''Technology classes are important for students to take because I have yet to see a robot plumb or wire a house,'' said JHS technology teacher Daryl Damcott. ''We still need hands-on, problem-solving skills even if the student decide not to make it a career, the knowledge is still applicable to everyday life.''
Drawing & Design for Production (DDP) is a new course this year and is hybrid of drafting and woodworking. It gives students the opportunity to see the production process from start to finish.
''I plan to major in mechanical engineering either at University of Buffalo or RIT,'' said JHS senior Kyle Hinman, who has taken Technical Drafting and will take CAD next semester. ''I thought DDP would help me gain designing and production skills before I enter college. One of the biggest things I learned through this course is time management and how important that is in the production process.''
JHS' Electricity & Electronics course focuses on the practical application of electrical wiring skills. Students study electronics, residential, commercial and industrial wiring methods. They construct electronics circuits, read wiring diagrams and build various electrical systems. Digital Electronics introduces students to applied digital logic through the study of digital circuits and systems found in homes and commercial electronic equipment.
''I have always been interested in fire alarms and security systems and how they work,'' said JHS senior Dakota Hunter, who will be attending JCC next year for its IT Program. ''All technology fields desperately need qualified workers and by taking these courses in high school we can determine what niche we like and gain valuable experience.''
''Technology students make more productive and prepared citizens by taking skills learned in class and applying to everyday life,'' said JHS technology teacher Chris Jewell. ''But we also have students working for NASCAR that have gone through the Information Technology classes.''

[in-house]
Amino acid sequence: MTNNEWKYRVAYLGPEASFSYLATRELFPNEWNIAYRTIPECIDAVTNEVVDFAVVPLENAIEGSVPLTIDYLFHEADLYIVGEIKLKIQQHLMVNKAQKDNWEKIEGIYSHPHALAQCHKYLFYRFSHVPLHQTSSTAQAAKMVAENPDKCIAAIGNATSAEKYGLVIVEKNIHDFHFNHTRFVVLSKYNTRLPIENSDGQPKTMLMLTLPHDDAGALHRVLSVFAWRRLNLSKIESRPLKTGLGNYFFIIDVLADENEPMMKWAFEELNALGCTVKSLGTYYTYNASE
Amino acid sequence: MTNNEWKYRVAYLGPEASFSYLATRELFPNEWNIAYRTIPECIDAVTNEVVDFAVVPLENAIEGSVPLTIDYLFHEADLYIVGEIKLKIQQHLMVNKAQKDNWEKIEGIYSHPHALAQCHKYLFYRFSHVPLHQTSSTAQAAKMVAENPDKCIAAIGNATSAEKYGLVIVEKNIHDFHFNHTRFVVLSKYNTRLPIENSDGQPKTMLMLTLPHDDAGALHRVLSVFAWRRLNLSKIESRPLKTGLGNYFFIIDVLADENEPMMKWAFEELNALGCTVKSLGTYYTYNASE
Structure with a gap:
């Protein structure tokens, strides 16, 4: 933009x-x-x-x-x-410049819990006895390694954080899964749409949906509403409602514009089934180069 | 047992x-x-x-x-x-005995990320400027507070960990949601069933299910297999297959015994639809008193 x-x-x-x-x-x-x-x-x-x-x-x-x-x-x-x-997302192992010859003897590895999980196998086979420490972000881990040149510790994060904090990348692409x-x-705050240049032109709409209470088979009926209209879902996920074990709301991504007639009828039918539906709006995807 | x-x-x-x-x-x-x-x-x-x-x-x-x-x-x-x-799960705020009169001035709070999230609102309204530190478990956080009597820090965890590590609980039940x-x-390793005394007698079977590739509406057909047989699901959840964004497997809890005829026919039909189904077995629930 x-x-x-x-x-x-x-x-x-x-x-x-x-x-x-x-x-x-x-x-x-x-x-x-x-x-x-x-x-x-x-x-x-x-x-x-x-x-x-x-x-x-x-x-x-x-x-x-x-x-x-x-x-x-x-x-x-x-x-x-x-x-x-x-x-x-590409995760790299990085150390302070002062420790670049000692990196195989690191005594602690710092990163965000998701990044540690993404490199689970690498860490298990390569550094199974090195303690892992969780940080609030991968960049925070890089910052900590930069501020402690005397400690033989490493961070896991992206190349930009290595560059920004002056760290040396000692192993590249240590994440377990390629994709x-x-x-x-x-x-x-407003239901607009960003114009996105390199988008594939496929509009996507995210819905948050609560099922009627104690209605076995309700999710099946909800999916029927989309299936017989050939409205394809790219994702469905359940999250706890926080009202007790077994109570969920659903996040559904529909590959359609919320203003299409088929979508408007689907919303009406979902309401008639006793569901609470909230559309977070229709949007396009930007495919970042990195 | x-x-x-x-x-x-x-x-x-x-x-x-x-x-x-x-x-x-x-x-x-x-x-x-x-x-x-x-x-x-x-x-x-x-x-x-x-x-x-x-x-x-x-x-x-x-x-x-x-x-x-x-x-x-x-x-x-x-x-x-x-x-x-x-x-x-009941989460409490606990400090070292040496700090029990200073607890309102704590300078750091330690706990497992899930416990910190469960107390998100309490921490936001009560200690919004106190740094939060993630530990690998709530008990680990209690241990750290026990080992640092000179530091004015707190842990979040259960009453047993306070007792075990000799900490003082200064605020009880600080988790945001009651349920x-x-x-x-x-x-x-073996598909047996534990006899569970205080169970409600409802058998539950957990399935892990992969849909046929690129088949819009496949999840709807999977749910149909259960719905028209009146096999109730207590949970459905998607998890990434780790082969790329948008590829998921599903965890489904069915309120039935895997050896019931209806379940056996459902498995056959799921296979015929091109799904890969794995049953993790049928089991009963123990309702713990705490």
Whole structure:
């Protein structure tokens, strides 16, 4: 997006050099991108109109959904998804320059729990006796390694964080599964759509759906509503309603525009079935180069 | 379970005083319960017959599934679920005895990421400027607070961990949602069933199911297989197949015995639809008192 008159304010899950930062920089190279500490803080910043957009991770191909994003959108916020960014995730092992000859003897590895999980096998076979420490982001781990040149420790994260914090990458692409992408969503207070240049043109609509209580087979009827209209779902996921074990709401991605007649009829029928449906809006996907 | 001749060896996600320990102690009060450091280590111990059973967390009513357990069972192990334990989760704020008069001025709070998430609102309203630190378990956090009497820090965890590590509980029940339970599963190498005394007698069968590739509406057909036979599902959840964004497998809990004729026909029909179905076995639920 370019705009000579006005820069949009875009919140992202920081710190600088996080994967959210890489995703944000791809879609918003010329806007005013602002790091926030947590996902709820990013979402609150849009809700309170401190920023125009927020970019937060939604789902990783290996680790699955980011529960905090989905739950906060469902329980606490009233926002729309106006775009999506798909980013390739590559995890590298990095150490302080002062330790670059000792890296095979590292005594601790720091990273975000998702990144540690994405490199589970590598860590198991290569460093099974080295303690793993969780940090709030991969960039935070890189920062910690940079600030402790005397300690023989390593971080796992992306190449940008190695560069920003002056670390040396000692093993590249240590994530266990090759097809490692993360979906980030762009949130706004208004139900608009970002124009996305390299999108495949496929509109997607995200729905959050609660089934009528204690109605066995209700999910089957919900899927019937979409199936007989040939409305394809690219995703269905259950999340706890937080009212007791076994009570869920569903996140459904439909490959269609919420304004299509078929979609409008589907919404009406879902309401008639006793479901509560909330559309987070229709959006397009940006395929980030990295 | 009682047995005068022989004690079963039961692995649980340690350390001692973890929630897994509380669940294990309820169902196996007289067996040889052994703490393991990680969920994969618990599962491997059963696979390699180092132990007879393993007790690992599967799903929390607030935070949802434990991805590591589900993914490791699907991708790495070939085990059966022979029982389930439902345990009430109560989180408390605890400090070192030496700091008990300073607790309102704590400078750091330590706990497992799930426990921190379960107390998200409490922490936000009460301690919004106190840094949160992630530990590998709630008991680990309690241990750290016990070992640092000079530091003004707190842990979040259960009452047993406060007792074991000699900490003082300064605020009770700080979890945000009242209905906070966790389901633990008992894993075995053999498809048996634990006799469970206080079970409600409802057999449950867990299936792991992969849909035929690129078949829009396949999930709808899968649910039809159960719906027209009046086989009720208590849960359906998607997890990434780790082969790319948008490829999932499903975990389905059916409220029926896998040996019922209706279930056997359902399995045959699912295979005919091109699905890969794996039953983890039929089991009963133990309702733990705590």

Information Technology I covers basic skills in computer operation and repair, web development, networking, computer architecture and business skills. Students focus on understanding, and troubleshooting, hardware and software systems. Information Technology II covers communication, software development and applications. Students continue to work on web development, networking and E Business skills.
''I have a strong interest in computers, especially network security,'' said JHS senior Terrance DeJesus, who is also interested in attending RIT. ''Having courses like Information Technology lets us find our unique abilities. They are a great investment in our future.''
Small Engine Repair includes engine construction and principles including two-cycle and 4-cycle engines, carburetion, fuel, ignition, engine cooling systems and troubleshooting. Motorcycle Maintenance & Repair provides a well-equipped lab for students to work on and repair motorcycles. Principles of Metal/Welding includes all types of welding, ARC, MIG and TIG. Student work on real-life projects and graduates are working in welding at local companies such as Hope's Windows.
''Not every student is college-bound,'' said JHS technology teacher Larry Bentzoni. ''There is a great need for welders and small engine repair personnel. Many students love the hands-on aspects of these classes, along with the potential for employment right out of school. All technology classes use math, which helps students see how their regular coursework applies to the real world.''